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A Summary Of My Post-CPI Tweets


This is a summary of my Post-CPI tweets today. You can follow me @inflation_guy.

  • Core CPI +0.146%, just barely missing the soft +0.2% people were looking for. But y/y still rose to 2.0%.
  • that dip in core is over – next several months have easy year-ago comps.
  • Services inflation +0.3%, as is Housing. It’s only core commodities that’s a drag now (+0.0% after -0.1% last month).
  • Rents (both primary and OER) rose +0.2% and the y/y rise matches core inflation at 2.1%. The inflation-sapping bust is over.
  • unrounded y/y core CPI: 1.988%.
  • Y/Y core services inflation is 2.5%. Y/Y core goods is +0.7%. It was services that dragged core down in 2009-10. That’s over. [Note: see Chart, source BLS, below]
  • accelerating subgroups: Housing, Apparel, Transport, Recreation (66.2%). Decelerating: Food&Bev, Other (20.2%). Med Care & Educ/Comm unch.
  • Both primary rents (+2.7% y/y) and OER (+2.1% y/y) are accelerating – by which I mean they are inflating at a faster y/y pace.
  • Median CPI from the Cleveland Fed was +0.2%, and the y/y rate steady at 2.3%. The recent disinflation is an illusion.

The first supplementary chart is for core goods and core services. The sum of these two (weighted, of course) is core CPI. As you can see, it was the decline in the core services component (notably housing) that drove the decline in core CPI in the late ‘Aughts; the overall core number was temporarily kept afloat by the rise in core goods, but the crisis caused that to collapse as well.

Over the last couple of years, core services have returned to 2.5%, and core inflation is only as low as 2% now because core goods prices have begun to decline again. However, taking a broader view, it appears to me that the disinflation in goods from the early 90s to the early 00s is over and that goods prices are gradually taking a higher track. I’ve written previously about the possibility that the “globalization dividend” in terms of disinflationary pressures has shown some signs of ebbing. Obviously, should core goods inflation return to the levels it achieved a year ago (2.2% in November and December), overall core inflation would be comfortably above 2% even if core services inflation did not continue to accelerate.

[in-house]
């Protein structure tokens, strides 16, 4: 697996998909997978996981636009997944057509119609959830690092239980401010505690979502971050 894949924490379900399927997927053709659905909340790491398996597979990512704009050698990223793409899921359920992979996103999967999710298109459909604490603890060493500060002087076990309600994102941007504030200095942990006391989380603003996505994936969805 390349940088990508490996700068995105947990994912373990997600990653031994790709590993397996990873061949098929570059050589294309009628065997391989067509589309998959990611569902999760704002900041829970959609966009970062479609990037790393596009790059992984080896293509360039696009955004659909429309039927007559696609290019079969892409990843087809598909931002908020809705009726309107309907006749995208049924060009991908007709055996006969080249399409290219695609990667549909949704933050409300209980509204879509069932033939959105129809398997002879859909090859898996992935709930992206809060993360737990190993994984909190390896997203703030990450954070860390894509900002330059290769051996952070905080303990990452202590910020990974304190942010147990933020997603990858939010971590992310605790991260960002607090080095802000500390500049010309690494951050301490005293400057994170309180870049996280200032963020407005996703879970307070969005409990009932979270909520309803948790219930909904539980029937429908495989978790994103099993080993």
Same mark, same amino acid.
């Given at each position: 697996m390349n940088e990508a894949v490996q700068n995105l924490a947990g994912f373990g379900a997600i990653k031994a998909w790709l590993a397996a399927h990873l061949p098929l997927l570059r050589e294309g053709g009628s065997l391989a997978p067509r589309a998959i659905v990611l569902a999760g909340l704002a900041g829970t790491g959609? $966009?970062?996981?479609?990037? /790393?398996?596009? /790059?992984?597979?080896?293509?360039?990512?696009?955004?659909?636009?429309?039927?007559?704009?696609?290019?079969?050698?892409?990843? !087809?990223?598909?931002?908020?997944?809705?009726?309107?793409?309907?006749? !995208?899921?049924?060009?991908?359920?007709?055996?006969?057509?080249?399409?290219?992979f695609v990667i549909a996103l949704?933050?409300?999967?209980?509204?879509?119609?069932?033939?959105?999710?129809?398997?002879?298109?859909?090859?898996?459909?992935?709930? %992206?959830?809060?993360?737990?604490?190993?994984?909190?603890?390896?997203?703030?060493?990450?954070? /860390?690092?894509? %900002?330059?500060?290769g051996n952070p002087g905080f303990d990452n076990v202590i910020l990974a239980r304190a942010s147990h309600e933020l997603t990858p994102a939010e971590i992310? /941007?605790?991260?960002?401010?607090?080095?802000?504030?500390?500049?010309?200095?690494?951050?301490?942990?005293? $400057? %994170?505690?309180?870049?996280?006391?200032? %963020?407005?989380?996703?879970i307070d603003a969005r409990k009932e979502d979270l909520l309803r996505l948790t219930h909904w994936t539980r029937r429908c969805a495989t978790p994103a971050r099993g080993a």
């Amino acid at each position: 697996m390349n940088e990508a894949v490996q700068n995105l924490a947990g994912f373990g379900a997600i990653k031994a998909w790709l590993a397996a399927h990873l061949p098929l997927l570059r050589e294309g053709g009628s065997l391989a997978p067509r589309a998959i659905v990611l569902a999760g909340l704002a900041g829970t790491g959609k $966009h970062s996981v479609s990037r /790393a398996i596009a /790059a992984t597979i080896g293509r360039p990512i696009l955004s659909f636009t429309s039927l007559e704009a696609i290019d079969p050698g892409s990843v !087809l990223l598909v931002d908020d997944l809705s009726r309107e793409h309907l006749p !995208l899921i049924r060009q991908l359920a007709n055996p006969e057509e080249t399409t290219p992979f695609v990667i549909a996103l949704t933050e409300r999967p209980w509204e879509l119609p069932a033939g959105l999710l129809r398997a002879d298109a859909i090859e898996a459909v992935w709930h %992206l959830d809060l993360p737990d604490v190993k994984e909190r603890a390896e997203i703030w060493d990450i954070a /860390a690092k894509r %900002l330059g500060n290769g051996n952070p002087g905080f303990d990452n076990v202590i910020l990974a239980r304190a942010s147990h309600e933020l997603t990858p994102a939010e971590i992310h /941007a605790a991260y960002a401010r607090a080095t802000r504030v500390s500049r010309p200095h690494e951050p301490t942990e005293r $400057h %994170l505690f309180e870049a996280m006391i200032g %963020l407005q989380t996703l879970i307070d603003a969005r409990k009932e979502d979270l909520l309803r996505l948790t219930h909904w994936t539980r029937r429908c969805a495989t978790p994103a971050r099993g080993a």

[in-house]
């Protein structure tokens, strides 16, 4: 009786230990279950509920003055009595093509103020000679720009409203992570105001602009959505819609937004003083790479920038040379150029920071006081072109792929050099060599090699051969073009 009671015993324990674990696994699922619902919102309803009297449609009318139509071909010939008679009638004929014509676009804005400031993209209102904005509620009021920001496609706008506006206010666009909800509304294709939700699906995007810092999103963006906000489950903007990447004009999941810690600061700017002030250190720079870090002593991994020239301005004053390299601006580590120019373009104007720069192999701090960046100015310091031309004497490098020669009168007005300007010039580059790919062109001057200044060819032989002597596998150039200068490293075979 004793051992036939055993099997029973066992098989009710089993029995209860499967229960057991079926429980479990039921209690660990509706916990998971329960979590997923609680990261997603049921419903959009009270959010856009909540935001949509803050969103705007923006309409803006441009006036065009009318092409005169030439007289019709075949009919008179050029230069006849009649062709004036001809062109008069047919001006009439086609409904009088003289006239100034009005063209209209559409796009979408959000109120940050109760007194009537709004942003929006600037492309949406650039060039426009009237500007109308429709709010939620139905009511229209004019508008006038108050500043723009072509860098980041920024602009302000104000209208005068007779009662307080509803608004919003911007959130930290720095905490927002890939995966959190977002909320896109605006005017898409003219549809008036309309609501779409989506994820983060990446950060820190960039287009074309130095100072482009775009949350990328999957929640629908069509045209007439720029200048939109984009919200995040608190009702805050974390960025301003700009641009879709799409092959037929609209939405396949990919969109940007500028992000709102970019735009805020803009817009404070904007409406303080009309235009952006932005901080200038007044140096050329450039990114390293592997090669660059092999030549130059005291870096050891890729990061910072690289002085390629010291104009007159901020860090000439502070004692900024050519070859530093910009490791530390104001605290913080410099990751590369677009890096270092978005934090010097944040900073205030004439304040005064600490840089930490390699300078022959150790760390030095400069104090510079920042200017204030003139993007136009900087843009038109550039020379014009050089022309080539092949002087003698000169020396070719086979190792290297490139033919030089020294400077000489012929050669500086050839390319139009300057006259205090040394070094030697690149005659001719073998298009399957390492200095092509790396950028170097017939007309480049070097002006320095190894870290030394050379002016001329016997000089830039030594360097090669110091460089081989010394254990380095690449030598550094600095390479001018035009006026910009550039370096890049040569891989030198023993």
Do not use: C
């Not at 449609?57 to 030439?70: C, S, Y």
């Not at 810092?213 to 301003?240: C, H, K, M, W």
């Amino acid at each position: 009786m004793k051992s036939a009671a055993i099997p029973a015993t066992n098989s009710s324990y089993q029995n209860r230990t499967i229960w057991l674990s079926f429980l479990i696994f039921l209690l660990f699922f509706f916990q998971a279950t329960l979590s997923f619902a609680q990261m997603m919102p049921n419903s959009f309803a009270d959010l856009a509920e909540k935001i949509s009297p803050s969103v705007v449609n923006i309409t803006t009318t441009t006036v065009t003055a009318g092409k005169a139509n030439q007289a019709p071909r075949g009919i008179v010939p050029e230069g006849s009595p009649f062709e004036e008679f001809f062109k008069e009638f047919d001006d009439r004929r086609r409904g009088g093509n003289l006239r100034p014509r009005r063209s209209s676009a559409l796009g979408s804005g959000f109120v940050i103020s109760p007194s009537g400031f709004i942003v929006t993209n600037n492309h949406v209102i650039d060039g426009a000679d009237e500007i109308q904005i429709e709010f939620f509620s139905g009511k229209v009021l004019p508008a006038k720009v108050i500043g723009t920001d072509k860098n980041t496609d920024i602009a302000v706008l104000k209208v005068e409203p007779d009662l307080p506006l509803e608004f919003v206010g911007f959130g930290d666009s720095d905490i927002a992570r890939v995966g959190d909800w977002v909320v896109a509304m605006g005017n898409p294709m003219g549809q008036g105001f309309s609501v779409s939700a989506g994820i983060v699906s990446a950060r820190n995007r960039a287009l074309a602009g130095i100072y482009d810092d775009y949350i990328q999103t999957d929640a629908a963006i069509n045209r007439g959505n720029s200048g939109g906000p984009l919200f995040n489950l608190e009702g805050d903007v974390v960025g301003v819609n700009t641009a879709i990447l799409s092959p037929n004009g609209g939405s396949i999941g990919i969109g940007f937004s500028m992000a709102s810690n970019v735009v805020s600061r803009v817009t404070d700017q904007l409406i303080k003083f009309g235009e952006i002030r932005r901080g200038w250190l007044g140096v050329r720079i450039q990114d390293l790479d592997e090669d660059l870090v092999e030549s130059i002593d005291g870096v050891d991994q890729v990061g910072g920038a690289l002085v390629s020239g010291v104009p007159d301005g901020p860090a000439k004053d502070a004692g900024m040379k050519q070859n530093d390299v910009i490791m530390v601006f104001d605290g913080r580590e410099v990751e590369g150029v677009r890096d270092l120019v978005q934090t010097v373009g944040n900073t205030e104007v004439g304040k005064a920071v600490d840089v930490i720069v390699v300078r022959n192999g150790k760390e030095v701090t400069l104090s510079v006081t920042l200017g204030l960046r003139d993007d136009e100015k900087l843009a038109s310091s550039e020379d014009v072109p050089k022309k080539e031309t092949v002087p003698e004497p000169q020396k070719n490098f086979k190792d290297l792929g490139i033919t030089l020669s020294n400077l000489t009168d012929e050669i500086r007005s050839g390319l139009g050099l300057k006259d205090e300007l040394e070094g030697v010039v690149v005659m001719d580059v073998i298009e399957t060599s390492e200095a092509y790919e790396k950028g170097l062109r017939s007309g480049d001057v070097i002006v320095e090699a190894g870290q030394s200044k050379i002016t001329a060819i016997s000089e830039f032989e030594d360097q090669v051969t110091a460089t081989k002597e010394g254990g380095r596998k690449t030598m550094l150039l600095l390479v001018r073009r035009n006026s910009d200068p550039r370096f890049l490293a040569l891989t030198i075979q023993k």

In a non-CPI related note, New York Fed President Bill Dudley said today that the Fed won’t be “hasty” to pull back easy money: “If we were to see some good news on growth I would not expect us to respond in a hasty manner.” This confirms what we already knew – the Fed is willing to risk letting the inflation genie out of the bottle. Now, faster growth is not actually causal of inflation, as I frequently point out, so not responding to growth is ironically the right strategy, but it’s important to consider the reasons he gives for this policy. He is not saying that the Fed will not respond to growth because growth is not something they can affect; what he’s actually saying is that (since the Fed believes they can affect growth meaningfully) there is a very high hurdle to tightening even if prices accelerate somewhat further as long as growth remains slow.

So in what I think is the most likely case, continued slow growth with rising inflation, the Fed wouldn’t likely start to tighten the screws until core inflation was near 3% (and more importantly, until the economists who are modeling inflation as a function of growth decide they’re wrong, and stop forecasting a decline from whatever level we are at today). Since there is a significant delay of at least 6 months from Fed action to any effect on prices, this means that core inflation could easily get comfortably above 3% before any Fed action took effect – and, with the amount of money they’d need to withdraw, and the likelihood that they would start timidly, I have no idea how long it would take for them to stop an inflationary process which, at that point, would have considerable momentum.

So, in summary, this will not be the last uptick we see in core inflation.

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